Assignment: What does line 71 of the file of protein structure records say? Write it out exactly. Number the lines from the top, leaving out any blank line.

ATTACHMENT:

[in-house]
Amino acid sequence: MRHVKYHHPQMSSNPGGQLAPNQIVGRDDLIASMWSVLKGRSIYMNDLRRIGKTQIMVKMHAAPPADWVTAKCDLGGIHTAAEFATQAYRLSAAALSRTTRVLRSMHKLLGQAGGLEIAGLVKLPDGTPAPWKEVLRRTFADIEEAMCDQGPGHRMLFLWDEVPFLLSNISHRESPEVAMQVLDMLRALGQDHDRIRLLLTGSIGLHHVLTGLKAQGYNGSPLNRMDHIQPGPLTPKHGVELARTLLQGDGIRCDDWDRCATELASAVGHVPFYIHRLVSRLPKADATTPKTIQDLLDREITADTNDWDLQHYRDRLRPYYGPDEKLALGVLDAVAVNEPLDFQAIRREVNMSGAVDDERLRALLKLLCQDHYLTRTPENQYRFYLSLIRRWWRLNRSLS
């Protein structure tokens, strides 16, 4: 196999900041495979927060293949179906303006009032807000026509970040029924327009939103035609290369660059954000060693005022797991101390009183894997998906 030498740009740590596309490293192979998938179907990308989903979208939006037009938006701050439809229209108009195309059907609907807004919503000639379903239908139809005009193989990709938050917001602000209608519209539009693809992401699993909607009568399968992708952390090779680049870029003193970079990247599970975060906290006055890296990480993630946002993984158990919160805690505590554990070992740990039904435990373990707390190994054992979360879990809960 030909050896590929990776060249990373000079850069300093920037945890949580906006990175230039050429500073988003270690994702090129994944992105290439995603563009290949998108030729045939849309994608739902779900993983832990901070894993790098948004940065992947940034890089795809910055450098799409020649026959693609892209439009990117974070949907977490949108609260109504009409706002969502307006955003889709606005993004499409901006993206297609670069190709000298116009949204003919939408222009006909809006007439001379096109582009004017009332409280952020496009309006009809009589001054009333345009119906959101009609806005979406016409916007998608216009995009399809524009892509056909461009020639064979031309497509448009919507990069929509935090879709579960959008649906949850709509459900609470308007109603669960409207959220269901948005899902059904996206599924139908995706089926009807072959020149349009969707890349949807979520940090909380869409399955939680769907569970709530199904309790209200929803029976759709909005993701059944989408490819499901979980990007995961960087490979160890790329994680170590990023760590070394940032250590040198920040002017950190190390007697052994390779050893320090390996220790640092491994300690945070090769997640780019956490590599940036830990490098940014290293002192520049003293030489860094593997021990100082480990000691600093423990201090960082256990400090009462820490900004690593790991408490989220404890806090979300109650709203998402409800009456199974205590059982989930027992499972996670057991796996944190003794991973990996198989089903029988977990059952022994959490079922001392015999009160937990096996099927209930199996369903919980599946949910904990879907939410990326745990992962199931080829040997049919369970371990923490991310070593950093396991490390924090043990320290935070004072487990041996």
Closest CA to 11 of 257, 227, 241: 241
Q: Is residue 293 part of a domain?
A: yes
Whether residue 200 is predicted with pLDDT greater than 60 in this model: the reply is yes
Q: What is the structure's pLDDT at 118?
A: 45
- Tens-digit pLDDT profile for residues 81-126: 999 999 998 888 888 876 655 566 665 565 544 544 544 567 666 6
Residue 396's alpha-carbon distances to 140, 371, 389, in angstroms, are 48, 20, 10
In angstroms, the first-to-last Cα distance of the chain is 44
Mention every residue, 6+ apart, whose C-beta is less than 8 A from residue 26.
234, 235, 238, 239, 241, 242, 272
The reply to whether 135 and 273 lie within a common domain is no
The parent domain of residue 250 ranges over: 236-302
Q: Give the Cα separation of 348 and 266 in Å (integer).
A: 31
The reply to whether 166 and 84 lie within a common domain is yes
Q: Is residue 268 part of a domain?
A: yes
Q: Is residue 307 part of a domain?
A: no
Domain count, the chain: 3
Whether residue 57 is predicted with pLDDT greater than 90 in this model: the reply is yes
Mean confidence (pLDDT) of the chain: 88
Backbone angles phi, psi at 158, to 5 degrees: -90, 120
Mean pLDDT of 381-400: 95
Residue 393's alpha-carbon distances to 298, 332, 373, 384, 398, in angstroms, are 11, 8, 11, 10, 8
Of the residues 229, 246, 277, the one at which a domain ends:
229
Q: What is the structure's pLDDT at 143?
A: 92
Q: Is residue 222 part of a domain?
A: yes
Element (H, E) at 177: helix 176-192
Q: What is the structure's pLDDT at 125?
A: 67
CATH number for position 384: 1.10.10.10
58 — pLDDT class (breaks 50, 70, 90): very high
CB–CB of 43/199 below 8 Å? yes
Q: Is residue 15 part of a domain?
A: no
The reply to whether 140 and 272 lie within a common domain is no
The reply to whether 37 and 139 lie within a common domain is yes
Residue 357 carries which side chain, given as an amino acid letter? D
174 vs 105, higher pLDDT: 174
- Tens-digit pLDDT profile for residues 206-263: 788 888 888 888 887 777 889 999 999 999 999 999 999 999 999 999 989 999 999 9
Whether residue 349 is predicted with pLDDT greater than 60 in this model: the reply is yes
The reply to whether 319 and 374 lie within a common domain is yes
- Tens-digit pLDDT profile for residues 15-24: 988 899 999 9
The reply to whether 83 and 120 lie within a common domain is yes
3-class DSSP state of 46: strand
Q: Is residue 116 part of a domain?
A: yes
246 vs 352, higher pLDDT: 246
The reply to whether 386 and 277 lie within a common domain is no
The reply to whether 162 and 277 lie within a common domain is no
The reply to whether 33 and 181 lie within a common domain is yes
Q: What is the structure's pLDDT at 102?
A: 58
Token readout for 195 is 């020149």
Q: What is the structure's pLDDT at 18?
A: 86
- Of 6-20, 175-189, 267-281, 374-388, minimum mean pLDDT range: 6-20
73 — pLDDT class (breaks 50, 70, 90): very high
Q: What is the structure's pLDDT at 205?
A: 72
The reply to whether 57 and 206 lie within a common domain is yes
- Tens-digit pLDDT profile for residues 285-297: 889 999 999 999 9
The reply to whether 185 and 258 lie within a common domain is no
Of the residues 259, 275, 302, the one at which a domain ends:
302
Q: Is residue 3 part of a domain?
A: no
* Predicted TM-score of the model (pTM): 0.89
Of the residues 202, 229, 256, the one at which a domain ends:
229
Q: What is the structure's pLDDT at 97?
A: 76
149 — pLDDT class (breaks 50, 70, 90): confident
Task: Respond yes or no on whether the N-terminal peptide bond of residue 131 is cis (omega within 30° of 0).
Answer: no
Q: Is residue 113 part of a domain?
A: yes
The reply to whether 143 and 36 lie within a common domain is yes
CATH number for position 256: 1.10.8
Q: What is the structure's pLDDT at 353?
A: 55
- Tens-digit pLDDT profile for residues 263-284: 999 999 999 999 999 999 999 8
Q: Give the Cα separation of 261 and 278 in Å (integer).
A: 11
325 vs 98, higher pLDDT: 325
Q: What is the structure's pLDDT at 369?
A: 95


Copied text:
The reply to whether 185 and 258 lie within a common domain is no